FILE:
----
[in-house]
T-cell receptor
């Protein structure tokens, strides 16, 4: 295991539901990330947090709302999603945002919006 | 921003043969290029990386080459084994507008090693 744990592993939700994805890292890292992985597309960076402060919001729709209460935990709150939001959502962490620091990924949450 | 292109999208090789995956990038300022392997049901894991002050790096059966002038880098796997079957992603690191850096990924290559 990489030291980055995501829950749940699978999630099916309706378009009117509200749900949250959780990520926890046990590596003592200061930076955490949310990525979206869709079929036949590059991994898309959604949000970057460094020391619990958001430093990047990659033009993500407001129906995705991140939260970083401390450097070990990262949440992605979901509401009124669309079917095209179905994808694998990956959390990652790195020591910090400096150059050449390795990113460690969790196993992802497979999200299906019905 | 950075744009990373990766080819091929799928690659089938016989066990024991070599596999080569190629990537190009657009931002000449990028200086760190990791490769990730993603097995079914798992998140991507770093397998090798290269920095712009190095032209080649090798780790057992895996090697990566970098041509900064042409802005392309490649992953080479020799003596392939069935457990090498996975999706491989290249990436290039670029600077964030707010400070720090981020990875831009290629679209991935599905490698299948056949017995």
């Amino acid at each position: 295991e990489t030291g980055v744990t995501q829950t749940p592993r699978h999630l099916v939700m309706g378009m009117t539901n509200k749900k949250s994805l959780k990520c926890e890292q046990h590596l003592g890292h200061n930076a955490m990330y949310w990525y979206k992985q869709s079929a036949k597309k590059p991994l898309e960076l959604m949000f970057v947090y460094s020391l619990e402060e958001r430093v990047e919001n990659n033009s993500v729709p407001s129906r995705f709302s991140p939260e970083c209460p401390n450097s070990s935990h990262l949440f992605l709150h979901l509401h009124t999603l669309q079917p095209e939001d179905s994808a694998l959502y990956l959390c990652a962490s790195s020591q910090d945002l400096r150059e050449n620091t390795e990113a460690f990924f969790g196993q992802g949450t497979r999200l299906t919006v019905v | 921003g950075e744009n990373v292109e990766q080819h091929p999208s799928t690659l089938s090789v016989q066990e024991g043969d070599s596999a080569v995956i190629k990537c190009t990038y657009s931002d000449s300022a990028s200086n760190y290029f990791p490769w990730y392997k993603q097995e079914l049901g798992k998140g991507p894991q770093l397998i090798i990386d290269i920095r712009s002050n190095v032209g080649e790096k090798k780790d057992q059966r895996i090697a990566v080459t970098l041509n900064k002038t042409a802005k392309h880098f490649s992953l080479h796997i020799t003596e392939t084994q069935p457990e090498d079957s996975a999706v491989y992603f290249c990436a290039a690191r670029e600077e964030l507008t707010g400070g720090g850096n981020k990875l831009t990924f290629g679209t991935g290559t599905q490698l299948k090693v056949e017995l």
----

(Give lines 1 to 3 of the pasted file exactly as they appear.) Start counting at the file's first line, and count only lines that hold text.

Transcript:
[in-house]
T-cell receptor
């Protein structure tokens, strides 16, 4: 295991539901990330947090709302999603945002919006 | 921003043969290029990386080459084994507008090693 744990592993939700994805890292890292992985597309960076402060919001729709209460935990709150939001959502962490620091990924949450 | 292109999208090789995956990038300022392997049901894991002050790096059966002038880098796997079957992603690191850096990924290559 990489030291980055995501829950749940699978999630099916309706378009009117509200749900949250959780990520926890046990590596003592200061930076955490949310990525979206869709079929036949590059991994898309959604949000970057460094020391619990958001430093990047990659033009993500407001129906995705991140939260970083401390450097070990990262949440992605979901509401009124669309079917095209179905994808694998990956959390990652790195020591910090400096150059050449390795990113460690969790196993992802497979999200299906019905 | 950075744009990373990766080819091929799928690659089938016989066990024991070599596999080569190629990537190009657009931002000449990028200086760190990791490769990730993603097995079914798992998140991507770093397998090798290269920095712009190095032209080649090798780790057992895996090697990566970098041509900064042409802005392309490649992953080479020799003596392939069935457990090498996975999706491989290249990436290039670029600077964030707010400070720090981020990875831009290629679209991935599905490698299948056949017995």